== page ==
all forms in which water falls to Earth from the atmosphere.
animal that hunts other animals for food.
animal that is hunted and eaten by other animals.
type of mammal, including humans, apes, and monkeys.
leading or dominant.
before or ahead of.
to encourage or help.
services that protect the health of an area, particularly sanitation, immunization, and environmental safety.
moist wood fibers from which paper is made.
amount of precipitation that falls in a specific area during a specific time.
area of tall, mostly evergreen trees and a high amount of rainfall.
unrestrained or widespread.
practice of raising livestock for human use, such as food or clothing.
bird of prey, or carnivorous bird.
to lower or lessen.
to determine and administer a set of rules for an activity.
to resist or push back.
scientific observations and investigation into a subject, usually following the scientific method: observation, hypothesis, prediction, experimentation, analysis, and conclusion.
order of mammals often characterized by long teeth for gnawing and nibbling.
to quickly and playfully run from one place to another.
to make a rough, high-pitched cry.
formal or official stamp, emblem, or other mark.
marine algae. Seaweed can be composed of brown, green, or red algae, as well as "blue-green algae," which is actually bacteria.
section or a part of something.
part of a plant from which a new plant grows.
type of agriculture where a field or plot is cleared, cropped, and harvested until its fertility is exhausted. Also called slash-and-burn, milpa and swidden.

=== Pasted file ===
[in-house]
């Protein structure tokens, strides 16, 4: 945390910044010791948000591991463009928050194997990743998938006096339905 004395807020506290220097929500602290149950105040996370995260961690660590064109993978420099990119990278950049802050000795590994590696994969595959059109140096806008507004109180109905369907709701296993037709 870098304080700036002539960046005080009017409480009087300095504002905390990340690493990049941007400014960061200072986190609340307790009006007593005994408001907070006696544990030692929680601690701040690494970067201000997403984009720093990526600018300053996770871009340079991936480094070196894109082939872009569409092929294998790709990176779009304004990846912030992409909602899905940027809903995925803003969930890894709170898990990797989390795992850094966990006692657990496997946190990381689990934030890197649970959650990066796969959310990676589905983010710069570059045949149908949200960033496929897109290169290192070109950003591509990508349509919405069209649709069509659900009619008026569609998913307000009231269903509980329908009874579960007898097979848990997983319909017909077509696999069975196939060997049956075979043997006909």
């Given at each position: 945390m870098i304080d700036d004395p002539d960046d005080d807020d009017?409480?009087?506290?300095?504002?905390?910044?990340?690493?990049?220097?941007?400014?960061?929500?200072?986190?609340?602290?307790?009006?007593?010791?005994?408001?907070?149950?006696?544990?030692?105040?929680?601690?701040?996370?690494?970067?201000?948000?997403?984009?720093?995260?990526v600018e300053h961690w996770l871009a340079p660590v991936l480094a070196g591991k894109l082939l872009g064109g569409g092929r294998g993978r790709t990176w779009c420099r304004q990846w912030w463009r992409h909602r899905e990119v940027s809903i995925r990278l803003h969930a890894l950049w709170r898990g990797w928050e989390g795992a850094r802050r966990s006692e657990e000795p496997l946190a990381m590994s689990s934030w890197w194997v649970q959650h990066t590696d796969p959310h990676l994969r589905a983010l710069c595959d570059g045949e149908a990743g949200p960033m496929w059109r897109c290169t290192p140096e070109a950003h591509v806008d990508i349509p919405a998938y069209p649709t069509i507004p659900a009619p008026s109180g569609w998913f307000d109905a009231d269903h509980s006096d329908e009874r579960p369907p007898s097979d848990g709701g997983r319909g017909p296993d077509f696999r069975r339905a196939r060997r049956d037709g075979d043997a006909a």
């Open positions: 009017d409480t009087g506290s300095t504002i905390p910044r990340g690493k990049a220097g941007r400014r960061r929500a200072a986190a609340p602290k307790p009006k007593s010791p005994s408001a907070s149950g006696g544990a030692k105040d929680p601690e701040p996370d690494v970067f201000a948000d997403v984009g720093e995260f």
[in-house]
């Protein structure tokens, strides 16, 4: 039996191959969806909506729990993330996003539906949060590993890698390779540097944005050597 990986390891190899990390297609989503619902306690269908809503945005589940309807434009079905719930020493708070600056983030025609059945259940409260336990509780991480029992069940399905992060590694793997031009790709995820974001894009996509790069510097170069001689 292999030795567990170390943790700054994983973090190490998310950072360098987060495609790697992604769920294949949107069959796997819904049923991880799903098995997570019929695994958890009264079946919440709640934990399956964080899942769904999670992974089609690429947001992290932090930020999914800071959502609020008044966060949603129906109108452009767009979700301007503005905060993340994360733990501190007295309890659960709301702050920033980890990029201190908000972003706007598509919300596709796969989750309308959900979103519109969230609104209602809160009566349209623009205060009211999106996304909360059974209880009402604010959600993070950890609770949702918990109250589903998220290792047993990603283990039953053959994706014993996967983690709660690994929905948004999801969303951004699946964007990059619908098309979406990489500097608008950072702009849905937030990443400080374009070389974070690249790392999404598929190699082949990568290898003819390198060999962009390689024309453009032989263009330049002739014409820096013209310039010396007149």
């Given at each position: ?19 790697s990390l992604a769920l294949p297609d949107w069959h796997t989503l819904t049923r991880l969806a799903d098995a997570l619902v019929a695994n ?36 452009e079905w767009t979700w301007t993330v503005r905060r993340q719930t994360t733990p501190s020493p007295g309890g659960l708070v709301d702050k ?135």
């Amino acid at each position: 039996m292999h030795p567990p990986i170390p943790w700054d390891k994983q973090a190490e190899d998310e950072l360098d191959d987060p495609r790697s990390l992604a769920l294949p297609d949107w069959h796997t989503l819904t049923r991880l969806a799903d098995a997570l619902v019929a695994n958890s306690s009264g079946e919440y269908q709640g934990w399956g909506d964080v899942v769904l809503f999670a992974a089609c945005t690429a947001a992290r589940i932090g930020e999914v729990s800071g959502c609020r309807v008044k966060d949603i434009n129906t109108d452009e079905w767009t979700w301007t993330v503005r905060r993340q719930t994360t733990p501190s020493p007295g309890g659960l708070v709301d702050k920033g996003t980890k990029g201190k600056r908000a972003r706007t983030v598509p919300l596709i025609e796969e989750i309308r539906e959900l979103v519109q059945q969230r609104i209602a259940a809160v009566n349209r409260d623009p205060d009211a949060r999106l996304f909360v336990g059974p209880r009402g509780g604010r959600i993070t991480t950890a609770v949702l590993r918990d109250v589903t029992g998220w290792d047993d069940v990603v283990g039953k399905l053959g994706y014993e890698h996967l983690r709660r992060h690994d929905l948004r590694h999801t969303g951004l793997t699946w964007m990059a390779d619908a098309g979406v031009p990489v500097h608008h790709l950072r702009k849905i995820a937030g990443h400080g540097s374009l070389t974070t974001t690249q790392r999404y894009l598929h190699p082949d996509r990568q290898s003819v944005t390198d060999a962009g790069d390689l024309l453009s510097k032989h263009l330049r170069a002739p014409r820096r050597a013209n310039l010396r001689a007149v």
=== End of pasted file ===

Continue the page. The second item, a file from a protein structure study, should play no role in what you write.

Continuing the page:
having to do with a high-pitched, piercing sound.
type of plant, smaller than a tree but having woody branches.
to move in a secretive or stealthy manner.
method of agriculture where trees and shrubs are cleared and burned to create cropland.
to slide along a surface, from side to side.
top layer of the Earth's surface where plants can grow.
radiation from the sun.
light and heat from the sun.
scattered and few in number.
to anchor or make strong and reliable.
type of organic compound that is often important to the functioning of an organism.
type of agriculture in which farmers grow crops or raise livestock for personal consumption, not sale.
human construction, growth, and consumption that can be maintained with minimal damage to the natural environment.
land permanently saturated with water and sometimes covered with it.
wooded areas in cool, mild climate zones that receive high amounts of rainfall.
degree of hotness or coldness measured by a thermometer with a numerical scale.
having to do with the Earth or dry land.
cloth or other woven fabric.
device used to establish and maintain a temperature.
organism that may soon become endangered.
to develop and be successful.
rise and fall of the ocean's waters, caused by the gravitational pull of the moon and sun.
wood in an unfinished form, either trees or logs.
species at the top of the food chain, with no predators of its own. Also called an alpha predator or apex predator.
large-billed bird native to South America.
area of land.
buying, selling, or exchanging of goods and services.
historic or established by custom.
evaporation of water from plants.
stream that feeds, or flows, into a larger stream.
existing in the tropics, the latitudes between the Tropic of Cancer in the north and the Tropic of Capricorn in the south.
grouping of tall evergreen trees, usually close to the Equator, which receives more than 203 centimeters (80 inches) of rain a year.
region generally located between the Tropic of Cancer (23 1/2 degrees north of the Equator) and the Tropic of Capricorn (23 1/2 degrees south of the Equator).
thick part of an underground stem of a plant, such as a potato.
ecosystem between the canopy and floor of a forest.
one of a kind.
having to do with city life.
all the plant life of a specific place.
almost or nearly.
to say, sing, or otherwise make a vocal noise.
level of conservation between "near threatened" and "endangered." Vulnerable is the lowest of the "threatened" categories.
material that has been used and thrown away.
movement of water between atmosphere, land, and ocean.
movement of air (from a high pressure zone to a low pressure zone) caused by the uneven heating of the Earth by the sun.
system of sectioning areas within cities, towns, and villages for specific land-use purposes through local laws.